This ramen has a light flavor. The standard broth is made by boiling down chicken bones and seafood products (such as dashi stock, dried sardines and bonito flakes), and it has a characteristic transparency.
Shoyu (Soy Sauce) Ramen
The most common kind of ramen, the broth has both the fragrance of soy sauce and a deep, rich flavor. Like shio ramen, the broth is made from chicken bones (“torigara”) and seafood products; some restaurants may also add other ingredients like pork bones ("tonkotsu”).
Restaurants that specialize in miso ramen use homemade miso to make their soup. These soup recipes feature different kinds of miso, like charred miso, white miso, red miso, soybean miso, barley miso and rice miso. The toppings are similarly abundant, including sweet corn, butter and sauteed vegetables.
Tsukemen is a ramen dish similar to zaru-soba. The noodles are rinsed off and piled into a colander or bowl alongside a bowl of thick soup that can be either hot or cold. Take a mouthful-sized portion of the noodles with your chopsticks, dunk them into the soup and enjoy.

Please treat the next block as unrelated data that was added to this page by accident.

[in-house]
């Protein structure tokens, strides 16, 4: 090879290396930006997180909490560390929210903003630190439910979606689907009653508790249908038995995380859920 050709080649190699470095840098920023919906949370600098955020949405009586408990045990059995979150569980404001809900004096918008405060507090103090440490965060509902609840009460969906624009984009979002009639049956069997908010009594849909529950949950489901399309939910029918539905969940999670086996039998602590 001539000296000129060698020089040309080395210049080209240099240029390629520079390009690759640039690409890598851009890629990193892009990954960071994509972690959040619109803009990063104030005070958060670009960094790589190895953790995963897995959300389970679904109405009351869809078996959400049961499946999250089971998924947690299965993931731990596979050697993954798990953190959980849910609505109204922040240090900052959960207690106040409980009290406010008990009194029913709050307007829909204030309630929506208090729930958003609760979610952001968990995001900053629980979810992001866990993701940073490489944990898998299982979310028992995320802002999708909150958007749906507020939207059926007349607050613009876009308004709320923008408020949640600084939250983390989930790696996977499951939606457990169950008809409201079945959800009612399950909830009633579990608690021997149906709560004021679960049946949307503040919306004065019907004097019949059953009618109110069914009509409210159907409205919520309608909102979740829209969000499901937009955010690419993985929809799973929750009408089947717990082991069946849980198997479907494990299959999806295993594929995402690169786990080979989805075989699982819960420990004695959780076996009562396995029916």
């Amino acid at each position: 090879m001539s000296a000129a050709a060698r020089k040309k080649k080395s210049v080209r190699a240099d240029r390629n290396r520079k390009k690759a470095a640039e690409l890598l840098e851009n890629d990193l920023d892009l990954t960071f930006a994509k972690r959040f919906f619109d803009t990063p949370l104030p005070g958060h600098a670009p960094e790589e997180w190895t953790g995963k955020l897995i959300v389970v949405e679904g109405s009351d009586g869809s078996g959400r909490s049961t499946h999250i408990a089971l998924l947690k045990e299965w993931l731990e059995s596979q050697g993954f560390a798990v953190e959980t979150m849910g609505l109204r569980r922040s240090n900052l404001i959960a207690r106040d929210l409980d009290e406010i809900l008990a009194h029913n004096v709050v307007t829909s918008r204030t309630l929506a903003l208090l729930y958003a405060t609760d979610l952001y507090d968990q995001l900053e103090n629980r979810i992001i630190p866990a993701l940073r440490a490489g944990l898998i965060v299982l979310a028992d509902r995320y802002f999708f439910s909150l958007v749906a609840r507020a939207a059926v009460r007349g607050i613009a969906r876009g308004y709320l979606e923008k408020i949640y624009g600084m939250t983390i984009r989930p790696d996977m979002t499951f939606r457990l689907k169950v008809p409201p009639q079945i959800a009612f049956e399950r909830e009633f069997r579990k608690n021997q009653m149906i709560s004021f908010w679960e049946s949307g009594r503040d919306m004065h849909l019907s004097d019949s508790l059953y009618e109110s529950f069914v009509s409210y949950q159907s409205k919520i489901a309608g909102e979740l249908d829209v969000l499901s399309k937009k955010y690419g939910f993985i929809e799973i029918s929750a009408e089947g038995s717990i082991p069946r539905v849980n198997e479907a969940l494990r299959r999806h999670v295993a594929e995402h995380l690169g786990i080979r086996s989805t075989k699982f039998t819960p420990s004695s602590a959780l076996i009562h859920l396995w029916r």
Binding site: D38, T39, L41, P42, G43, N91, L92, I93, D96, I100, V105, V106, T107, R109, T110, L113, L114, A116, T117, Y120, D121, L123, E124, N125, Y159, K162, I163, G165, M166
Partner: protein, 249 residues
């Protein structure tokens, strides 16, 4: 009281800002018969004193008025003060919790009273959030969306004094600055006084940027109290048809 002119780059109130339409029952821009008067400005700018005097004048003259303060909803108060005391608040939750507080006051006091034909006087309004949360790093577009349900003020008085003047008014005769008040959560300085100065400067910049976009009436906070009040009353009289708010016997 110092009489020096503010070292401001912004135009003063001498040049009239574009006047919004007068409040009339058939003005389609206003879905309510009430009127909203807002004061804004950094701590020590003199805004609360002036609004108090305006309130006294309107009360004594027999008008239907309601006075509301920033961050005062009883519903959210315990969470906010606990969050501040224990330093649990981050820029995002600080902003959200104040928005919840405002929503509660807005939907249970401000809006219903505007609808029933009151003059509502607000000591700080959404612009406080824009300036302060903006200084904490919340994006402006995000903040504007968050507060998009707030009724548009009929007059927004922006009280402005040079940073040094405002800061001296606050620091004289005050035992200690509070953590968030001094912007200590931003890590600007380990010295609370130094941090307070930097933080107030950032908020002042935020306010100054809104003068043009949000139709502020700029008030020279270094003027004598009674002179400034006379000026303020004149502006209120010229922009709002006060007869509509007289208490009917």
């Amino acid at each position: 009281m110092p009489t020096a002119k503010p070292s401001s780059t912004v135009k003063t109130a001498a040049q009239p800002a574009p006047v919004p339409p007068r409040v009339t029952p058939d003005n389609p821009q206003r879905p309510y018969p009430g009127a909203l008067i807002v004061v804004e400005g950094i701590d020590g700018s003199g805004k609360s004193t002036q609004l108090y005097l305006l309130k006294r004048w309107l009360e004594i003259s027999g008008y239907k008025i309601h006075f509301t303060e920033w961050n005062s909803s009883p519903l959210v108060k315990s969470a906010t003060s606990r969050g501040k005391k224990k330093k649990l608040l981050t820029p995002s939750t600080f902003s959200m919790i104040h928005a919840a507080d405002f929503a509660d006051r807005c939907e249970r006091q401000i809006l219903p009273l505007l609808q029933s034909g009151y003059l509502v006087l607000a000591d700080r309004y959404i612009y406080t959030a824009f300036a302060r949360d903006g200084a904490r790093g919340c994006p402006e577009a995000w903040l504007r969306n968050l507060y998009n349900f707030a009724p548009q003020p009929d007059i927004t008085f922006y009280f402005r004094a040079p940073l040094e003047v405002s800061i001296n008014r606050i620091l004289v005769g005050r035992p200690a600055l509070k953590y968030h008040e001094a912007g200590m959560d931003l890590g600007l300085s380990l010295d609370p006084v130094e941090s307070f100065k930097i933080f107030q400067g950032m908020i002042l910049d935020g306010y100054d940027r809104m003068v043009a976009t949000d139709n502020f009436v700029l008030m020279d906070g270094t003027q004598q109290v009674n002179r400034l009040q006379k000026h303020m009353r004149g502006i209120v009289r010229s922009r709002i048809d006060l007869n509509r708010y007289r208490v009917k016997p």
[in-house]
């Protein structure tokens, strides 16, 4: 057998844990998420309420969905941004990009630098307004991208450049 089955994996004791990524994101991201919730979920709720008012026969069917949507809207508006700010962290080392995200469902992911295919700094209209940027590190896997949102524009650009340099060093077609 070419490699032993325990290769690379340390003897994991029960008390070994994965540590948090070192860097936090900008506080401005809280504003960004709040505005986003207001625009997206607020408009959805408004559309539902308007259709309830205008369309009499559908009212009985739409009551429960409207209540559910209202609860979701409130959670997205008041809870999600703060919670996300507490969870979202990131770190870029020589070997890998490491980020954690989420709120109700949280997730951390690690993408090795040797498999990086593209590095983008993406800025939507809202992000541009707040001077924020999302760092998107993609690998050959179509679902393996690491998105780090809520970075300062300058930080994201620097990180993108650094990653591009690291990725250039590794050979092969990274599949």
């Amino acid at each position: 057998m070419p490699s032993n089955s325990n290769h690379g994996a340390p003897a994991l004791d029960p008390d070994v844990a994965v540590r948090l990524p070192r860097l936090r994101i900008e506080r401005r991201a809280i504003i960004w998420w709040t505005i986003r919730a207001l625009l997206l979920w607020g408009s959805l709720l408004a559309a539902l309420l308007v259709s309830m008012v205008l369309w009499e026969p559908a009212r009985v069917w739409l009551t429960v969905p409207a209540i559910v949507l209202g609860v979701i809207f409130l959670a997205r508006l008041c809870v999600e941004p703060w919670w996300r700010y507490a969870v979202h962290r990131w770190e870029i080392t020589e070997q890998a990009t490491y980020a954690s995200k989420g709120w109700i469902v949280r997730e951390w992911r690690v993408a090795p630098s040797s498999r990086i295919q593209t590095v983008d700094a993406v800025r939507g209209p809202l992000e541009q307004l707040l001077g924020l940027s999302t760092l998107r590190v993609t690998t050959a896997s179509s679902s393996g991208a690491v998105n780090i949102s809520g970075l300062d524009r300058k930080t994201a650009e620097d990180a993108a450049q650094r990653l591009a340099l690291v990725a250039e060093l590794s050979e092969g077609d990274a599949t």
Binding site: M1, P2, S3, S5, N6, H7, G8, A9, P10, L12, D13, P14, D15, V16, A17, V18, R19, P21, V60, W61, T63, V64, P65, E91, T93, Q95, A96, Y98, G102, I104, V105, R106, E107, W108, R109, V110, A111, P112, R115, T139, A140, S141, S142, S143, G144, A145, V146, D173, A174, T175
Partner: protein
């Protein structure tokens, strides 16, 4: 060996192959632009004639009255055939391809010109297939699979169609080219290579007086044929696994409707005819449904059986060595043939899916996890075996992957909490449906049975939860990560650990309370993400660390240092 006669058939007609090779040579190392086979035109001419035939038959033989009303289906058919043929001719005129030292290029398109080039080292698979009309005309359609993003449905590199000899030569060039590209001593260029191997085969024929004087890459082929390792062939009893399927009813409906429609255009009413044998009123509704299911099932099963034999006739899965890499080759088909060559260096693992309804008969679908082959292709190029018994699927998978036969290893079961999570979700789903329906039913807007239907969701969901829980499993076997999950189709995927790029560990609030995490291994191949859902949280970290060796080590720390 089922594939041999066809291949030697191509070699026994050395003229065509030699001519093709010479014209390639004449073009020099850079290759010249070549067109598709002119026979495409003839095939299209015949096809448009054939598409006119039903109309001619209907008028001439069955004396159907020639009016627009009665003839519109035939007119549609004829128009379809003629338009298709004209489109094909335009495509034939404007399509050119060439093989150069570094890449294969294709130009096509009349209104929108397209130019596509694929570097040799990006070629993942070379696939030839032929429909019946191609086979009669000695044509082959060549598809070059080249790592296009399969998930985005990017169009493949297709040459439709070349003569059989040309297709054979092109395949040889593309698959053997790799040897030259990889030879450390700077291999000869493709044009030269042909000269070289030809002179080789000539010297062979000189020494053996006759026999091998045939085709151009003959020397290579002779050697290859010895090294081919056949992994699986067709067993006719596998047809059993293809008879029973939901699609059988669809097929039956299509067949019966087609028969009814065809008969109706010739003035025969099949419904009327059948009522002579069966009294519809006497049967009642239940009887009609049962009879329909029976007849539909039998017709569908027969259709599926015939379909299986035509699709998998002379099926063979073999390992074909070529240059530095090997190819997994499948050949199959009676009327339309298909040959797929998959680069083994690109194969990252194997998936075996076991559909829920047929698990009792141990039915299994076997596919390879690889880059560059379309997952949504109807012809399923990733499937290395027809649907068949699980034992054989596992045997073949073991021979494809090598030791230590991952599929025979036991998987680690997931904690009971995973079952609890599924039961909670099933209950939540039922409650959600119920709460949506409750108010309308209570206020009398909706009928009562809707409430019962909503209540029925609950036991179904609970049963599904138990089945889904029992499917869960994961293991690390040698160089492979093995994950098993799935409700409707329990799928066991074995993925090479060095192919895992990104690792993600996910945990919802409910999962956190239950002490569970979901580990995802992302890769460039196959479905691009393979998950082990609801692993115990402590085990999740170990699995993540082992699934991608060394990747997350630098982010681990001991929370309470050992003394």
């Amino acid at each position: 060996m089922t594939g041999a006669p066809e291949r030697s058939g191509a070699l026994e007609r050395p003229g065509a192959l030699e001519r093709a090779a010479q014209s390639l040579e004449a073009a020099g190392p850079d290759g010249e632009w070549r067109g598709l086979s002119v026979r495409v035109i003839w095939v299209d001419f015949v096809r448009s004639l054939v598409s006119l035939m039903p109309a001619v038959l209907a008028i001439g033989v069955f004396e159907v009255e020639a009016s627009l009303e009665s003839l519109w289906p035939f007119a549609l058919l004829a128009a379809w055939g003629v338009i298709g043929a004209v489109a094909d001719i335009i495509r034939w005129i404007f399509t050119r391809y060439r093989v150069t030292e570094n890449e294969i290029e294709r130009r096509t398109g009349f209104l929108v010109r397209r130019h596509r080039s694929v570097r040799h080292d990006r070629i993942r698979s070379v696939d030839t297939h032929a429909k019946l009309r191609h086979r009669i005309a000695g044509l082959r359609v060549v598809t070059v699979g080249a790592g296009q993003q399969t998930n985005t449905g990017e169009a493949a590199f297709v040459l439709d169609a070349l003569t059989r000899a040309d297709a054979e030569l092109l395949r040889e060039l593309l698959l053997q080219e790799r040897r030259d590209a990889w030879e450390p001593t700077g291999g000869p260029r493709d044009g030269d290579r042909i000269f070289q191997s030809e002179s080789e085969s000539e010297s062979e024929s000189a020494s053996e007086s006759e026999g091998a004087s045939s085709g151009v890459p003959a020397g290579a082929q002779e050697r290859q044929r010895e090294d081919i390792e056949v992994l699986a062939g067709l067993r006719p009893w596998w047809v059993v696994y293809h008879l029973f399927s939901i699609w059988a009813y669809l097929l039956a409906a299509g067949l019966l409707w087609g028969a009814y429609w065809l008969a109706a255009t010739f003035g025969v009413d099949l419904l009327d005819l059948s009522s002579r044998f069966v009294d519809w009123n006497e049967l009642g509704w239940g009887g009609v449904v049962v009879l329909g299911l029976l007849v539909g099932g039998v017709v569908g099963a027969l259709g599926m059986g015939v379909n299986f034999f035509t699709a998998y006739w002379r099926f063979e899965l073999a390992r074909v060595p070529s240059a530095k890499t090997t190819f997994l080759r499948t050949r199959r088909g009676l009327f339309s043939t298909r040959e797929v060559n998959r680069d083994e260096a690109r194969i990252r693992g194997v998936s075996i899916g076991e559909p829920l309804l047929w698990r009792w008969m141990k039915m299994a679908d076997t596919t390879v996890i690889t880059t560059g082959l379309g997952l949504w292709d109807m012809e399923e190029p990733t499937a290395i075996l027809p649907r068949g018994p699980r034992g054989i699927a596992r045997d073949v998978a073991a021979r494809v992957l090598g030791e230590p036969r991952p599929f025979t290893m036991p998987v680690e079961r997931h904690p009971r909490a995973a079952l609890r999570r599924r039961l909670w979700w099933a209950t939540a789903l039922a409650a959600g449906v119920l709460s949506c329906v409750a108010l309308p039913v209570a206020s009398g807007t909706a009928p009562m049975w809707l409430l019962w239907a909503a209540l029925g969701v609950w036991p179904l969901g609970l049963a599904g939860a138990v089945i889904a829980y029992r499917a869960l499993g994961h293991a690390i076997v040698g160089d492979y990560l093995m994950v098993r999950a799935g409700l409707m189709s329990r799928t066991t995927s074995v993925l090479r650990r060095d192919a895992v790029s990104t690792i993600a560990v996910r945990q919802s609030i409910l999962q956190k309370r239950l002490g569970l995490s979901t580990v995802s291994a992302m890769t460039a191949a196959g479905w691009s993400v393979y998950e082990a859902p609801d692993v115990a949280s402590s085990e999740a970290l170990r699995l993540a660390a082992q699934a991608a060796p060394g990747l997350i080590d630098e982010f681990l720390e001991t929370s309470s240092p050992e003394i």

There is an abundant variety of tsukemen soups, each with their own particular emphasis: acidity, sweetness, rich seafood flavors and more. Tsukemen noodles are thick, and tend to be served in larger portions than regular ramen. You can also request “soup wari,” which is hot water for diluting the leftover soup. You can then drink it straight.
Tonkotsu (Pork Broth) Ramen
Tonkotsu broth is made by boiling down pork bones. Tonkotsu ramen has a sharp odor compared to other ramen varieties, and people either love it or hate it. Tonkotsu broth takes many forms; it can be light and smooth, or thick and rich enough to stick to the spoon. There are also shoyu-tonkotsu and shio-tonkotsu soups.
The noodles are usually very thin, and the bowls are topped with onions, char siu pork, bamboo shoots, finely-chopped kikurage mushrooms and pickled ginger.